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Nikki Haley went from Confederate flag removal to omitting slavery as Civil War cause

ARI SHAPIRO, HOST:

Let's talk about how the woman responsible for bringing down the Confederate flag in her state became the woman who failed to identify slavery as the cause of the Civil War. Of course, we're talking about former South Carolina governor and presidential hopeful Nikki Haley. While Donald Trump is still dominating in GOP primary polling, Haley presents the most credible challenge to the former president. She had a tough couple of weeks after a voter asked her this at an event...

(SOUNDBITE OF ARCHIVED RECORDING)

UNIDENTIFIED PERSON: What was the cause of the United States Civil War?

NIKKI HALEY: Well, don't come with an easy question, right? Yeah, I mean, I think the cause of the Civil War was basically how government was going to run - the freedoms and what people could and couldn't do.

UNIDENTIFIED PERSON: Thank you. And in the year 2023, it's astonishing to me that you answer that question without mentioning the word slavery.

SHAPIRO: This was a surprise to anyone familiar with Haley's legacy as the governor who ordered the Confederate flag to be removed from the grounds of the state capitol. That happened after the 2015 shooting of Black parishioners at a church in Charleston. NPR national political correspondent Sarah McCammon covered that moment and Nikki Haley herself for years. And she's here in the studio. Hey, Sarah.

SARAH MCCAMMON, BYLINE: Hey, Ari.

SHAPIRO: We just heard about those two contrasting moments - Haley on the Confederate flag and Haley talking about states' rights as the reason for the Civil War. What do you make of that juxtaposition?

MCCAMMON: You know, it is a striking contrast, Ari. I mean, I covered Haley's response to the mass shooting in 2015 at Mother Emanuel AME Church in Charleston. That was when a white supremacist walked into a historically Black church and murdered nine people during a Bible study. Haley was there in the aftermath in Charleston, addressing the people of South Carolina. And she expressed the collective grief that everyone was feeling.

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HALEY: We woke up today and the heart and soul of South Carolina was broken. And so we have some grieving to do.

MCCAMMON: And you know, Ari, as you alluded to, it wasn't long afterward that she led the effort to remove the Confederate flag from South Carolina's statehouse grounds. Now, she threaded the needle pretty carefully on that. She noted that for many people in South Carolina, the flag stood for their heritage and their history. But she said for many others, it was a, quote, "deeply offensive symbol of a brutally oppressive past." And she said that it was - in the aftermath of that shooting, it was time to take the flag down. Here she is signing the bill ordering the flag's removal.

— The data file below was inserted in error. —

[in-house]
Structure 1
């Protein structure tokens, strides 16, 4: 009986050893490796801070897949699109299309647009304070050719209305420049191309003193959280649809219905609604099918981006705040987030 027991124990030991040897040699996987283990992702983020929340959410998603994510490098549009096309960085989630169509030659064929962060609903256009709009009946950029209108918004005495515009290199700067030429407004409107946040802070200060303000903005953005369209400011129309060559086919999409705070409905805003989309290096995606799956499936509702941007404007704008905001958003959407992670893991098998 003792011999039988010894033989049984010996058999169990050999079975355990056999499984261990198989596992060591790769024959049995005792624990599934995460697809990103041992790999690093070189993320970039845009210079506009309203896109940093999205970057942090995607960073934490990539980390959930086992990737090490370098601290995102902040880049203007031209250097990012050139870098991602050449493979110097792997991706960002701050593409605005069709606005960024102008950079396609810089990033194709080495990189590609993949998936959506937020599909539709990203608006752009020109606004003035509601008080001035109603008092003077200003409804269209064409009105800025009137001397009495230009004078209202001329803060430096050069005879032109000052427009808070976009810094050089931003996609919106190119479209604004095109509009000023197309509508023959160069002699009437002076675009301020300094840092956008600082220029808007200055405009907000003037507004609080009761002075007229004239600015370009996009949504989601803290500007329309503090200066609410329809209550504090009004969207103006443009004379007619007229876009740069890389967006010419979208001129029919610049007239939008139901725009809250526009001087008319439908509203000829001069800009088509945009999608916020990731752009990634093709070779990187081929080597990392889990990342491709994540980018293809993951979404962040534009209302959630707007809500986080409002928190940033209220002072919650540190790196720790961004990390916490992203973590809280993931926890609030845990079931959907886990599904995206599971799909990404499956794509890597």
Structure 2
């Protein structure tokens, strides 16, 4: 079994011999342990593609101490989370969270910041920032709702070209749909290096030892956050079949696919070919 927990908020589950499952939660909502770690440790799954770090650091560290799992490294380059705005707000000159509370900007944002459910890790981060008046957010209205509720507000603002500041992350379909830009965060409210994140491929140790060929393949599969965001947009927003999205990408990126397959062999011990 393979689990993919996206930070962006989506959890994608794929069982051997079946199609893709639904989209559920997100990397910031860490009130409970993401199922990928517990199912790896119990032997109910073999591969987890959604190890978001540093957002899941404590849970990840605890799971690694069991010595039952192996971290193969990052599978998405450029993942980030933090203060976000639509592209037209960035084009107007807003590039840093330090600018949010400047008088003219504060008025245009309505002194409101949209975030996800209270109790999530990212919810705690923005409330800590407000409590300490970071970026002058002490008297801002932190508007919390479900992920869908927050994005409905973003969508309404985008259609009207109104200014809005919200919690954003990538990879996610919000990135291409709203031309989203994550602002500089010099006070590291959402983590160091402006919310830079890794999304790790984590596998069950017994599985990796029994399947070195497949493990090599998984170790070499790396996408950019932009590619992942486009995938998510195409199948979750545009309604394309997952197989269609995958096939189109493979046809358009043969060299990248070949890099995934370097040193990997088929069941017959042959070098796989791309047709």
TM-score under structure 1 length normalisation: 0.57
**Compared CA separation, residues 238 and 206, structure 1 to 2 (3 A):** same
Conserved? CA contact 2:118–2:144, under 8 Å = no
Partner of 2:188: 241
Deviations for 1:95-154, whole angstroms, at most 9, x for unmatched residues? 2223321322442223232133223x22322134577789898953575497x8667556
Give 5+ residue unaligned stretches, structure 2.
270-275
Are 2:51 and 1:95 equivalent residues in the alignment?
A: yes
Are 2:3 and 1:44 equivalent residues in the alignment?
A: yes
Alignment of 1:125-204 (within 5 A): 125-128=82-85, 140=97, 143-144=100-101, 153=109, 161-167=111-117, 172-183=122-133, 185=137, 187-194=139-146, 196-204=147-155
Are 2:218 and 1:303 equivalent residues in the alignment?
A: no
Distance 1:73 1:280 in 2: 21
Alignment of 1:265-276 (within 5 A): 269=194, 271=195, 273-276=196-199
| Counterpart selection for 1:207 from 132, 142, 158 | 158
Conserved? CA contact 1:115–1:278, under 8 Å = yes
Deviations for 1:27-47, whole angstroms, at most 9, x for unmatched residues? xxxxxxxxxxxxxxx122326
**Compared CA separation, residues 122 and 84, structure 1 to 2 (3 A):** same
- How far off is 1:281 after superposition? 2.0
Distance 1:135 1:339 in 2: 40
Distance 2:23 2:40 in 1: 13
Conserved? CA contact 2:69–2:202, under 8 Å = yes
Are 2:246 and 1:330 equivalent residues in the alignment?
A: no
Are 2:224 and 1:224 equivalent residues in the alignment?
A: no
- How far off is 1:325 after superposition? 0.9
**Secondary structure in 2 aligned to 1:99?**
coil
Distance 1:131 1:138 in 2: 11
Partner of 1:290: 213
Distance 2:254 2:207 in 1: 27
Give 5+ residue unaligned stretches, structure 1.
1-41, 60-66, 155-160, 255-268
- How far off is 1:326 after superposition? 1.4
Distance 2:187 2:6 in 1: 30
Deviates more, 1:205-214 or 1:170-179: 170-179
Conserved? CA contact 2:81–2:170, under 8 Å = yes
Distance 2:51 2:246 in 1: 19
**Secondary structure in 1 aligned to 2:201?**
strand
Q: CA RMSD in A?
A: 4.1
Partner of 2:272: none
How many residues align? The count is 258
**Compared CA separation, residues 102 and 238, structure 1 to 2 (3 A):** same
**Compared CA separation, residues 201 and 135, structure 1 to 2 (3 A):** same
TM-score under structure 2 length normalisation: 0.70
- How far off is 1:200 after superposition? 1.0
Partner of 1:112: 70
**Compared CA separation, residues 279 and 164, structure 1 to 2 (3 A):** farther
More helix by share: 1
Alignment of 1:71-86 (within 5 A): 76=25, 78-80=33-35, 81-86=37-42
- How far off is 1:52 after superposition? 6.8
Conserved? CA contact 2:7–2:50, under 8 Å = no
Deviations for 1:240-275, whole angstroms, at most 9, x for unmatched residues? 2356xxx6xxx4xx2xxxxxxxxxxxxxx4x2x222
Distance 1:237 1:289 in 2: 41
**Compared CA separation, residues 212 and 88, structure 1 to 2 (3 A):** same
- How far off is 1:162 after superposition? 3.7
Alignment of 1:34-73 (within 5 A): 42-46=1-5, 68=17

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HALEY: Today, I'm very proud to say that it is a great day in South Carolina.

(APPLAUSE)

MCCAMMON: So, yeah, her remarks last month in which she seemed almost kind of murky about the causes of the Civil War, they did feel a little bit like whiplash.

SHAPIRO: What might have motivated her, in that setting, to answer the question that way?

MCCAMMON: Well, as you know, Haley is running for the Republican nomination against the overwhelming front-runner, Donald Trump, who has repeatedly and from the beginning of his first run for president in 2016, used racially charged rhetoric to appeal to their party's base. And Haley is also certainly aware, particularly having grown up in the Deep South, of the fact that many Americans, particularly on the right, still don't fully acknowledge the centrality of slavery as the cause of the Civil War.

And, you know, it was just Saturday that former President Trump said, during an event in Iowa, that the Civil War might not have been necessary, that it could have been ended through negotiation. I'm not sure how you negotiate about something like slavery. But it just shows that Republican politicians are hesitant in many cases to speak directly about this in front of their voters. You hear Haley focusing on ideas like limited government and individual freedom - ideas that are much more popular with the voters she's trying to reach. And she has walked her statement back to some degree. At another event in New Hampshire, she was asked to explain why she had not identified slavery as the cause of the Civil War.

(SOUNDBITE OF ARCHIVED RECORDING)

HALEY: I was thinking past slavery and talking about the lesson that we would learn going forward. I shouldn't have done that. I should have said slavery. But in my mind, that's a given that everybody associates the Civil War with slavery.

MCCAMMON: And she went on to say, hey, look at my record in South Carolina, alluding, of course, to her record in the aftermath of that racist shooting and her efforts to remove the Confederate flag.